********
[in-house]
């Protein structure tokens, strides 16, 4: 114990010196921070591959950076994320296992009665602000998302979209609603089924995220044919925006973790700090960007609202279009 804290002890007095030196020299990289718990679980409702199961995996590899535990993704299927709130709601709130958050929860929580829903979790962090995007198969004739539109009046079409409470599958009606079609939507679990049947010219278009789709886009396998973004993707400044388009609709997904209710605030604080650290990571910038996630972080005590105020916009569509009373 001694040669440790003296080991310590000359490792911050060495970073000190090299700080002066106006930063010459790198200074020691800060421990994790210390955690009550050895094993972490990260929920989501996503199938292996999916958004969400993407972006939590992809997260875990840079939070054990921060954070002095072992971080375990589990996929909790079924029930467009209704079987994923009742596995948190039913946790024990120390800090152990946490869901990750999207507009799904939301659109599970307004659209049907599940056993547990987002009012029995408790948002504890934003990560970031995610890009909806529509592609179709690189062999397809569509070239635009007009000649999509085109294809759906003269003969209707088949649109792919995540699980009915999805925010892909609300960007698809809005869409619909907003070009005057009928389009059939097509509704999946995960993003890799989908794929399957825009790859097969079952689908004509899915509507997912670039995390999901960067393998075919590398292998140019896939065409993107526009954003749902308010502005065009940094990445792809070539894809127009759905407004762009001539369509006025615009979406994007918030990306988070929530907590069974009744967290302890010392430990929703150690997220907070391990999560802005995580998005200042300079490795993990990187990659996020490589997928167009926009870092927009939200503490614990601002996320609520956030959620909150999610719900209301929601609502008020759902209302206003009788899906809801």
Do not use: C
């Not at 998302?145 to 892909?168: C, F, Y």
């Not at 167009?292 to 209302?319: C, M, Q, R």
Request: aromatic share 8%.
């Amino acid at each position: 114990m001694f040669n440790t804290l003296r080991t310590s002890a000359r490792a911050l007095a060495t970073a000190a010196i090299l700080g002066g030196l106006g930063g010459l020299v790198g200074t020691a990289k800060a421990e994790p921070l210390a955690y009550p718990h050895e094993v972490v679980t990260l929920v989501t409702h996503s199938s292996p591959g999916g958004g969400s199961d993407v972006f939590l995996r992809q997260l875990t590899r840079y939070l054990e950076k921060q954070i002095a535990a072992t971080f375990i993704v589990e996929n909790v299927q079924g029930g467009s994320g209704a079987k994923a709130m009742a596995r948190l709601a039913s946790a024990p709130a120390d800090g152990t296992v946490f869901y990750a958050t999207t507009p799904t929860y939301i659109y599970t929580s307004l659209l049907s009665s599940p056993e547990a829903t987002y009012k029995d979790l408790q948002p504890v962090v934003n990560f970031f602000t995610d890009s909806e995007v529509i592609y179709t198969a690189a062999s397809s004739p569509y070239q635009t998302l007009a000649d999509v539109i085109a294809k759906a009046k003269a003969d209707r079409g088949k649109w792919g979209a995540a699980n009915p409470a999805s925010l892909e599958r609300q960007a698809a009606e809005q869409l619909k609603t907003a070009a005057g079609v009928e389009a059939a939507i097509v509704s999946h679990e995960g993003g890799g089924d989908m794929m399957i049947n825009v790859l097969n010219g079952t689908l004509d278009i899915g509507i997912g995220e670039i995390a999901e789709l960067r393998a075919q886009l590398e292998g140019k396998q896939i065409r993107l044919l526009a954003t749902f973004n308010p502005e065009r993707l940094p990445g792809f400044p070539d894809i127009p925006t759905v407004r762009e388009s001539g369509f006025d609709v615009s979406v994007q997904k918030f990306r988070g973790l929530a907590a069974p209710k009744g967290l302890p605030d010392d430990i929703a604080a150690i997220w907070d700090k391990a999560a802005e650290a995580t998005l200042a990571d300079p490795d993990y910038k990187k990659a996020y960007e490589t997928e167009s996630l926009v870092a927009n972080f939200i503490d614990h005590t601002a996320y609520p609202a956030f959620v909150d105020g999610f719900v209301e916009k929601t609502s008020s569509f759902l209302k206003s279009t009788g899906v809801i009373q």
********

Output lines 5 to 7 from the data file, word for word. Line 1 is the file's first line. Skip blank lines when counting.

């Not at 167009?292 to 209302?319: C, M, Q, R």
Request: aromatic share 8%.
């Amino acid at each position: 114990m001694f040669n440790t804290l003296r080991t310590s002890a000359r490792a911050l007095a060495t970073a000190a010196i090299l700080g002066g030196l106006g930063g010459l020299v790198g200074t020691a990289k800060a421990e994790p921070l210390a955690y009550p718990h050895e094993v972490v679980t990260l929920v989501t409702h996503s199938s292996p591959g999916g958004g969400s199961d993407v972006f939590l995996r992809q997260l875990t590899r840079y939070l054990e950076k921060q954070i002095a535990a072992t971080f375990i993704v589990e996929n909790v299927q079924g029930g467009s994320g209704a079987k994923a709130m009742a596995r948190l709601a039913s946790a024990p709130a120390d800090g152990t296992v946490f869901y990750a958050t999207t507009p799904t929860y939301i659109y599970t929580s307004l659209l049907s009665s599940p056993e547990a829903t987002y009012k029995d979790l408790q948002p504890v962090v934003n990560f970031f602000t995610d890009s909806e995007v529509i592609y179709t198969a690189a062999s397809s004739p569509y070239q635009t998302l007009a000649d999509v539109i085109a294809k759906a009046k003269a003969d209707r079409g088949k649109w792919g979209a995540a699980n009915p409470a999805s925010l892909e599958r609300q960007a698809a009606e809005q869409l619909k609603t907003a070009a005057g079609v009928e389009a059939a939507i097509v509704s999946h679990e995960g993003g890799g089924d989908m794929m399957i049947n825009v790859l097969n010219g079952t689908l004509d278009i899915g509507i997912g995220e670039i995390a999901e789709l960067r393998a075919q886009l590398e292998g140019k396998q896939i065409r993107l044919l526009a954003t749902f973004n308010p502005e065009r993707l940094p990445g792809f400044p070539d894809i127009p925006t759905v407004r762009e388009s001539g369509f006025d609709v615009s979406v994007q997904k918030f990306r988070g973790l929530a907590a069974p209710k009744g967290l302890p605030d010392d430990i929703a604080a150690i997220w907070d700090k391990a999560a802005e650290a995580t998005l200042a990571d300079p490795d993990y910038k990187k990659a996020y960007e490589t997928e167009s996630l926009v870092a927009n972080f939200i503490d614990h005590t601002a996320y609520p609202a956030f959620v909150d105020g999610f719900v209301e916009k929601t609502s008020s569509f759902l209302k206003s279009t009788g899906v809801i009373q």